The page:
The Duplicators, Part I: Eutocius' Collection of Cube Duplications - Eutocius’ Purpose for Collating Solutions

Colin B. P. McKinney (Wabash College)

Biographical note: Eutocius (ca 480 CE–ca 530 CE) was born in Ascalon (now Ashqelon, in Israel). His chief writings are commentaries on several of Archimedes’ works (including On the Sphere and the Cylinder, which is the primary source for this article) and an edition with commentary of Apollonius’s Conics. He was likely a student of Ammonius, and a contemporary of Anthemius of Tralles. He dedicates his commentary on Apollonius to Anthemius, who was one of the architects of the Hagia Sophia in Constantinople. Read more about Eutocius at MacTutor.

Eutocius is engaging in two acts in his commentary. The first is mathematical. Since Archimedes’ proposition (SC II.1) depends on finding two mean proportionals, and Archimedes does not provide details as to how to find them, Eutocius is bridging the gap mathematically. While it may have been true that Archimedes and other research mathematicians of his day would have been sufficiently familiar with the result to not need this gap filled in, students or those in Eutocius’ day, who lived in a different era, may have needed it. The second act is historical. Since mathematically it would suffice to include only one method of finding two mean proportionals, Eutocius is clearly doing something different, beyond being mathematically thorough, by including twelve. Fortunately for us, Eutocius tells us exactly what he is doing in his own words:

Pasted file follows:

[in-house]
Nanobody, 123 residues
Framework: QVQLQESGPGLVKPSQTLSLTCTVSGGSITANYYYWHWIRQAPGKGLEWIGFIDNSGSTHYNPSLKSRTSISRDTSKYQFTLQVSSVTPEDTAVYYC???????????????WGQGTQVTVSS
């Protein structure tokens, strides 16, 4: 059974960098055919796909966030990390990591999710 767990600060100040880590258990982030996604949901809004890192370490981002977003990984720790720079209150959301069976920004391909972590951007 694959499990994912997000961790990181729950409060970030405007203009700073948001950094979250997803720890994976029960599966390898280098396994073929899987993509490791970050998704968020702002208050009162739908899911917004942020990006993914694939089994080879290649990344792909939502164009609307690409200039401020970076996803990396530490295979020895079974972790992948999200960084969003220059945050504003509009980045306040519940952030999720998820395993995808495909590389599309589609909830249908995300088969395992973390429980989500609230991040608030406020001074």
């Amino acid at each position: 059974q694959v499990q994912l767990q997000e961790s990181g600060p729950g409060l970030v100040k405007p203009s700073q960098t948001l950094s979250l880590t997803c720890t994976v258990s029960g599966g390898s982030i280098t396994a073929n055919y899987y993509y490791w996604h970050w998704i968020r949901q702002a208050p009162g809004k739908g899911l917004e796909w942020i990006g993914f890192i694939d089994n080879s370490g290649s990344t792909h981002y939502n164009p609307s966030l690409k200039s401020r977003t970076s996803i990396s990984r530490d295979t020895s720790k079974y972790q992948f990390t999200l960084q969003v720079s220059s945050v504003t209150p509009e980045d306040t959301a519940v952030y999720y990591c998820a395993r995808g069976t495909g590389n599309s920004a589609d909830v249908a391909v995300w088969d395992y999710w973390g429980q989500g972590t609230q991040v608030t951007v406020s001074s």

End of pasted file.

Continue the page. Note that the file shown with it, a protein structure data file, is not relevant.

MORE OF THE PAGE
(Heiberg 54.27) Having assumed the things related to the problem through the analysis of it, namely that it is necessary to find two mean proportionals in continuous proportion, but in the synthesis he says, "let them be found." But how to find them, being not written by him [Archimedes] at all, we have found in the writings on this problem by many famous men. Of these, we have excluded that of Eudoxus of Cnidus, since he says in his preface that he has found them by means of curved lines, but in the proof he does not make use of curved lines; and also because he passes off a discrete proportion as if it were continuous. This is impossible to imagine, I dare say for Eudoxus, but also for anyone even moderately engaged in geometry. And so, in order that the ideas of those men who have come to us might become well-known, the method of solution from each will be also (καί) written here.

We perhaps should pay special attention to the adverbial καί here, since in Eutocius’ day, it was clearly the case that these solutions were recorded elsewhere. Not so for us: most of Eutocius’ source texts are no longer extant. Thus, by including all of the solutions he could find, even ones that are nearly the same, he gives us a glimpse into the history of the problem and its solutions. It is worth noting that Eutocius will later engage in this exact sort of philological enterprise, with his commentary and new edition of the Conics.